Miguel Herrera will be either a hero or a goat this summer. There is no other possible outcome for the coach of Mexico's national soccer team in a World Cup year.
If the team does well in Brazil, he won't have to pay for a meal for the rest of his life. If it flops, he won't be able to find a restaurant that will serve him.
But whichever way he goes, he's not going to go quietly.
"We're going to reach the final," Herrera boasted to reporters recently. "When you arrive at the top you have to keep looking up with the idea of changing everything and winning a World Cup.
"It's very difficult. But if you don't go with that dream, then why are you going?"
Mexico almost didn't go. After a momentous collapse in qualifying, it had to beat New Zealand in a two-leg playoff in November to grab the penultimate spot in the 32-team World Cup field.
Not coincidentally, those were Herrera's first two games as coach of the national team. And the team hasn't lost since.
So maybe he's justified in dreaming big.
"The pressure is strong to do something different," the former Club America coach says. "We're going with the idea that we will be successful. We know that it hasn't been a good year. But it's a new year."
That enthusiasm is already catching on, with both fans and players insisting the black cloud that shadowed the team last fall has been lifted.
"There's a lot of positive thinking again," says goalkeeper Moises Munoz, who rejoined the national team last summer after a five-year absence and became a starter under Herrera. "The way that the group is forming right now, the way the national team is integrating itself, it's quite good.
"The expectations are very high and we have to live up to them."
Sergio Tristan, an Austin, Texas, attorney and founder of Pancho Villa's Army, the largest Mexican soccer supporters group in the U.S., credits Herrera alone for that.
"It's all mentality," he says. "I don't think you've had any coach before that would tell the guys, 'What is wrong with you? Go out there and ... put some heart into the game.'
"That's what's different. The manager's perspective on how to motivate his players is greatly improved. Herrera wants to win. And he knows how to translate that to his players."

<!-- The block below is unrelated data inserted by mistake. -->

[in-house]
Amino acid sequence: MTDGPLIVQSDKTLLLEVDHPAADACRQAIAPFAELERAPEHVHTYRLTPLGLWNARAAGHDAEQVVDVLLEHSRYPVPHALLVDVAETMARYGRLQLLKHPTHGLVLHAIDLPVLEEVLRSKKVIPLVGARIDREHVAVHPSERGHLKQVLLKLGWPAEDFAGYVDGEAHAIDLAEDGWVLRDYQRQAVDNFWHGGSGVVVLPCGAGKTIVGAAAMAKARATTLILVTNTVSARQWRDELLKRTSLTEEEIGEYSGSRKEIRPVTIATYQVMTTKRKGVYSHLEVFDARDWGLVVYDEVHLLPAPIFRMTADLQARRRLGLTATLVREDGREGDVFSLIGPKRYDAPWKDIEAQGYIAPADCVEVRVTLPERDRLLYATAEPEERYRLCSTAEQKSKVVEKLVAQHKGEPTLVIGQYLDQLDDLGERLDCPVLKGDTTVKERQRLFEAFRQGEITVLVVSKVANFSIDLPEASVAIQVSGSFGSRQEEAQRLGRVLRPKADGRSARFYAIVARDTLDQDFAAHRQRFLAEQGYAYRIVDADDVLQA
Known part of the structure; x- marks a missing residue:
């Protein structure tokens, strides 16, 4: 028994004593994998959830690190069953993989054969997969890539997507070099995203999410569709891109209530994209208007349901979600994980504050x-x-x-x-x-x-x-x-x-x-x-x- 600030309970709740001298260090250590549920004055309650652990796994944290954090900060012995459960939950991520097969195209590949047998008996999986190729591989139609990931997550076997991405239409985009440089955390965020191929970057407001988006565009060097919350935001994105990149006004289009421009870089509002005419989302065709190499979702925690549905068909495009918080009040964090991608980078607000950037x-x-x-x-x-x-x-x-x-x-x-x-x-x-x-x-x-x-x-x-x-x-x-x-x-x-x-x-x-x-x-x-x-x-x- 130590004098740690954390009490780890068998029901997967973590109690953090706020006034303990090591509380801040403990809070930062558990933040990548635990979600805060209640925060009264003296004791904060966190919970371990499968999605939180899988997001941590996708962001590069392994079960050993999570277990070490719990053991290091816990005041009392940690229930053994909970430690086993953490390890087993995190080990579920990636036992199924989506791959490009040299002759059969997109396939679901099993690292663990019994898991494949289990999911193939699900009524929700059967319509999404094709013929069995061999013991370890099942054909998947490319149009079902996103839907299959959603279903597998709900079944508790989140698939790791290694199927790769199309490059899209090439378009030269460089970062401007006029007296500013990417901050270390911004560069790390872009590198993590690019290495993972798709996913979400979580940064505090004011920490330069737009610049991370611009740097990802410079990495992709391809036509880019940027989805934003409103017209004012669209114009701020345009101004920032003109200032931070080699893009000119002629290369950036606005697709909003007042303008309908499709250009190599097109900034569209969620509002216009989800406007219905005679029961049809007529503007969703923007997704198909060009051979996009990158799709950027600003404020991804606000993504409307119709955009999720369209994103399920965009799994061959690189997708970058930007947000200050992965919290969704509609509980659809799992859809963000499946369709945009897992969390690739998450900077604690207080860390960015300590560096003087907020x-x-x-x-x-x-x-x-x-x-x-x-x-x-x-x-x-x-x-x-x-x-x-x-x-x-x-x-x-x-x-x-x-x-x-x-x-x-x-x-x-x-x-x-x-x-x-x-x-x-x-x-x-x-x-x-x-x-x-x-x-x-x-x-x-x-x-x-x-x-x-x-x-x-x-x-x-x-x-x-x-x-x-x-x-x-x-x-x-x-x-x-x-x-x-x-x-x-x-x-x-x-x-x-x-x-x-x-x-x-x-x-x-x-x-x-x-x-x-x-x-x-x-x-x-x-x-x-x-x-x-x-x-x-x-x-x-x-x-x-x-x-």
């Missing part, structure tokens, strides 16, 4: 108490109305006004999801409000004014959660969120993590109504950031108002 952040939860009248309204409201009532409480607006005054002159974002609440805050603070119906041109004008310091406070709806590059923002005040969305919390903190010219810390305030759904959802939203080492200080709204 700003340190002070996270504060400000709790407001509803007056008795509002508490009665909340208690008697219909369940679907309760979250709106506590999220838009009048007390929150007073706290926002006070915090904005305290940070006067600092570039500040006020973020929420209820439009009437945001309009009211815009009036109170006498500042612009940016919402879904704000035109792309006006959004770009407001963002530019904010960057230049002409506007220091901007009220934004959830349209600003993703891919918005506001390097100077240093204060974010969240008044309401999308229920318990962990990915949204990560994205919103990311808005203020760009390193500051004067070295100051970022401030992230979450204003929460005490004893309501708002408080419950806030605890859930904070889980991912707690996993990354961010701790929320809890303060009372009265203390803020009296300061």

It isn't surprising that Herrera — the 11th coach Mexico has had in the last 14 years and the fourth since September — is seen as a hero. But given the constant coaching turnover, there was really no way he could lose.
Beat New Zealand, then ranked 91st in the world, and you're the guy who got Mexico to the World Cup. Lose and, well, it's not your fault. No one else won with this team either.
But Herrera wasn't exactly gambling with the house's money. According to sports marketing expert Rogelia Roa, if Mexico had failed to reach the World Cup for just the second time since 1974 it would have cost the country's soccer federation — Herrera's new bosses — as much as $600 million in lost broadcast, merchandise and sponsorship revenue. TV giant Televisa, which also owns Club America, was on the hook for $100 million by itself.
Yet despite his success, Herrera is something of an unexpected savior. A former defender who played 14 years in the Mexican league and 14 games for the national team, he spent most of his life far from Mexico City and has never been part of the inner circle of the soccer federation, an organization known for its dysfunction and cronyism.
He had enjoyed only moderate success as a coach with four Mexican clubs before being offered a six-month contract as the interim manager of Club America in the winter of 2011. That position became permanent six months later when he led the team to the playoff semifinals.